After a decade-long slump, Covid-19 has jumpstarted the market.
Last month, Savills listed the Bowden Park estate for £35 million ($46.4 million). The property includes a 15,900-square-foot, 18th century mansion set amid 22 acres of manicured gardens and 1,400 acres of farmland in Wiltshire, which is about a two-hour drive from central London.
In any other year, the property would likely have sat on the market.
“We [hadn’t] been able to launch a property and say to the owner confidently, ‘We can sell this in three months,’ ” says Crispin Holborow, country director of Savills’s Private Office. Last year, for instance, just one country estate sold for more than £15 million, according to Savills data. The previous year, only five sold.
But, thanks in large part to Covid-19-related lockdowns, a staggering 19 country estates in the U.K. have sold or are under offer for over £15 million in 2020, according to Savills.
The Bowden Park estate, in other words, has suddenly entered a seller’s market. “They’re coming in thick and fast,” says Holborow.
‘Limping Along’For years, the country house market was in what brokers euphemistically referred to as a “buyer’s market”—and in what everyone else referred to as a “rut.” High maintenance costs, increasingly high taxes, and uncertainty over Brexit diminished country homes’ allure.
|The estate has 22 acres of gardens and manicured grounds.|
|The Grade I Georgian mansion’s entrance hall. Source: Savills|
“The marketplace for country houses last hit its highest in 2007, early 2008—and then, that summer and autumn, there was a crash,” says Holborow. “Ever since then, the country market has been limping along.”
It’s not just homes in the so-called “super-prime” market.
Country houses of the merely wealthy (the “prime” market generally encompasses houses from £2 million to £10 million) saw sluggish growth, too. By the end of 2019’s third quarter, the market had seen more than five straight quarters of price declines, according to a report by Knight Frank. Going into 2020, prices were fetching about 20% below their peak in 2008.
Priorities ShiftWhile “prime” prices remain comparatively stagnant (up 2.3% this year, according to a November report by Knight Frank), volumes have skyrocketed, says Edward Rook, head of the country department at Knight Frank. “I wouldn’t pay too much attention to values, because I don’t think they’re climbing dramatically,” he says. “It’s more about transaction levels, and a real shift in buyer requirements.” From May 13 to June 24, for instance, the number of accepted offers for country houses from £5 million and £10 million was 182% higher than the five-year average, according to a separate Knight Frank report; all price brackets in the period were 64% higher than the same five-year average.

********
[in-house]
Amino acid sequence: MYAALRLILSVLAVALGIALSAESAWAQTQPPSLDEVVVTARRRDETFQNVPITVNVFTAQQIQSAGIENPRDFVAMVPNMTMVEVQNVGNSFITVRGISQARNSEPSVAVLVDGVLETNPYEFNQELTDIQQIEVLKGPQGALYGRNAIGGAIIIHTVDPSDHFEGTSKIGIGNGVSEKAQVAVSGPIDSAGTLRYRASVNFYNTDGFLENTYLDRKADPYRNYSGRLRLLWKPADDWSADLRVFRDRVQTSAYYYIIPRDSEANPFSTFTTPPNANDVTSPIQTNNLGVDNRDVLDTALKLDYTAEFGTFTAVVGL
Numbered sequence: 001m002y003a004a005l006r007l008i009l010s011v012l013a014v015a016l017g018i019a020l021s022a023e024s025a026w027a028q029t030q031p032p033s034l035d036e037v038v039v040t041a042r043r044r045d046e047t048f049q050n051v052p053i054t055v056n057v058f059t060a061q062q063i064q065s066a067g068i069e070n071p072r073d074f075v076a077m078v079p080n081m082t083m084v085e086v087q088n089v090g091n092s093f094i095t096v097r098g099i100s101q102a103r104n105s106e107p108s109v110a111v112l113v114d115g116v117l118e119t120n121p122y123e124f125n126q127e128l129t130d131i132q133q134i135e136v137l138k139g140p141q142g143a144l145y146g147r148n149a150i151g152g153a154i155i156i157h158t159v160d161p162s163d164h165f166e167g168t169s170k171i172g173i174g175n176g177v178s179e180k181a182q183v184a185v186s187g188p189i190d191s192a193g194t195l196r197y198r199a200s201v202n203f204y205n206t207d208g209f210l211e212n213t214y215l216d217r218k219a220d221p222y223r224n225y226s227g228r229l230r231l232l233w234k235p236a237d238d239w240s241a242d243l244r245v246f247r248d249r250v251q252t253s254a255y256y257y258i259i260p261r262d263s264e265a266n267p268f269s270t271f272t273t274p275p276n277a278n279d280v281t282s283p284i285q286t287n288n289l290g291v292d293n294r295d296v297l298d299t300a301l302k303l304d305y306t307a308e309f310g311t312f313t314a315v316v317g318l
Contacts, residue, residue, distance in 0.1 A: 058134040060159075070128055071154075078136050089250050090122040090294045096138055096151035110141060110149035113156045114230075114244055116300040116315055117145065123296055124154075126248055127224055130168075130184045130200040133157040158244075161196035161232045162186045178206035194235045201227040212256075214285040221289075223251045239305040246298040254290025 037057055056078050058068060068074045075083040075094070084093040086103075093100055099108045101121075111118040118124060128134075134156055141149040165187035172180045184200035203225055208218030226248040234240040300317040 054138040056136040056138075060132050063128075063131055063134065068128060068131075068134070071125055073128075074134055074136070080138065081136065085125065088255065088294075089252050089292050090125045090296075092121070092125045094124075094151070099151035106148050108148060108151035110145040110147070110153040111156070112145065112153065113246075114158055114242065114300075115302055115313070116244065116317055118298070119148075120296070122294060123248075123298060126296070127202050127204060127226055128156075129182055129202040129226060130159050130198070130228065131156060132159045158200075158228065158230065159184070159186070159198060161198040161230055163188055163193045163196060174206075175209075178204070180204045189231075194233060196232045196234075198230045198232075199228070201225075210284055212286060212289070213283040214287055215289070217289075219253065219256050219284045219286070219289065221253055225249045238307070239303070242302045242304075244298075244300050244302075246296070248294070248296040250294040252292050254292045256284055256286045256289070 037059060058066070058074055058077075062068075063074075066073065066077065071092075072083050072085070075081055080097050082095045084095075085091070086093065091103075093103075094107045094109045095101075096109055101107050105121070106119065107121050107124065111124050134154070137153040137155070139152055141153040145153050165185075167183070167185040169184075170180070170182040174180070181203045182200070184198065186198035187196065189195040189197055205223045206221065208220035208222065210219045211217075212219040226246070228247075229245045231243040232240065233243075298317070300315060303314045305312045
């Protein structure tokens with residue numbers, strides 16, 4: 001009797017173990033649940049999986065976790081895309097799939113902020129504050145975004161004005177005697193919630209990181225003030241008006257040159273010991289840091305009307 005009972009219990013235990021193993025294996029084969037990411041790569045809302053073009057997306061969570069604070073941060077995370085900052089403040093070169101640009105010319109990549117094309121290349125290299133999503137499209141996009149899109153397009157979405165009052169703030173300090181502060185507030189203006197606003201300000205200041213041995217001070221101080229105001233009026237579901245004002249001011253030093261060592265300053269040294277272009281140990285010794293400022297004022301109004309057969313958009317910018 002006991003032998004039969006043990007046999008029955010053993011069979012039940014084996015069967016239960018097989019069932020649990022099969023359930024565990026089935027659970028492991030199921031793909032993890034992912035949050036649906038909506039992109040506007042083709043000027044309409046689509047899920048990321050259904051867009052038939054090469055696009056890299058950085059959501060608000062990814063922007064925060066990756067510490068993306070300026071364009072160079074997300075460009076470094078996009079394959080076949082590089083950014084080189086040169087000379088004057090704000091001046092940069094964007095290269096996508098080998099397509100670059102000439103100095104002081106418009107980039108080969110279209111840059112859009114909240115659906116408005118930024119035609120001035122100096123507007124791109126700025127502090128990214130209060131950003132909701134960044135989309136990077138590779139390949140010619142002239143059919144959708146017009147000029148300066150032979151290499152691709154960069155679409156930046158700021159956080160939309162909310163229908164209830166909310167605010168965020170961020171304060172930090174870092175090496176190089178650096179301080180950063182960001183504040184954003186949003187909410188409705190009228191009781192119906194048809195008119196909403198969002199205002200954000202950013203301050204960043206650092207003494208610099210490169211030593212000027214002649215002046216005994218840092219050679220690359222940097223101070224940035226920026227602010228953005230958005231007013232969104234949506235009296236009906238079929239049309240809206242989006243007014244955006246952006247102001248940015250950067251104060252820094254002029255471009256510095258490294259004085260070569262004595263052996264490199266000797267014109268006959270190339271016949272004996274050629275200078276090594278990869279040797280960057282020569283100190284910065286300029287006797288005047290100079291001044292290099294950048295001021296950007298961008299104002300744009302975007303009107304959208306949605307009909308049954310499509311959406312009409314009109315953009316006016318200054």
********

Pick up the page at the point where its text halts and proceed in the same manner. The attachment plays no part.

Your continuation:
|The property covers more than 1,400 acres. Source: Savills|
|The house has five reception rooms. Source: Savills|
Mirroring trends in New York and San Francisco, wealthy London residents have begun to reassess their urban lifestyles, Rook says. “With Covid, life has changed dramatically, and people have [begun] to look at things a different way.”
Suddenly second homes are becoming primary homes, and buyers, Rook continues, are willing to look farther afield and endure longer commutes. “A lot of people are making [country houses] their primary home. Instead of having a large house in London and maybe a cottage in the country, they’re reversing that and having a smaller apartment in London and a principal residence in the country.”
The exception, Rook notes, is houses that cost more than £10 million. “It’s still very much a second-home market, because [buyers] will retain another house, either in central London or globally elsewhere.”
High-Net-Worth FOMO“Nearly everyone who buys a [super-prime] country house has a base in London,” says Holborow, but he estimates that only about 50% of purchasers are U.K. nationals.
|The property also contains eight farmhouses and cottages, plus three farmsteads. Source: Savills|
High-net-worth, London-based residents, many of whom come from Asia or the Middle East, probably had multiple homes already, Holborow says.
Still, during London’s summer lockdown, “it’s quite a sobering feeling, where you're sitting in your lateral flat, in air conditioning, and you're looking at your friends sitting in glorious sunshine on Instagram,” he continues. “These are normally people who would jump on their plane and go,” but suddenly, with borders shut down, they had nowhere to go to—and if they didn’t hop on it, they still don’t.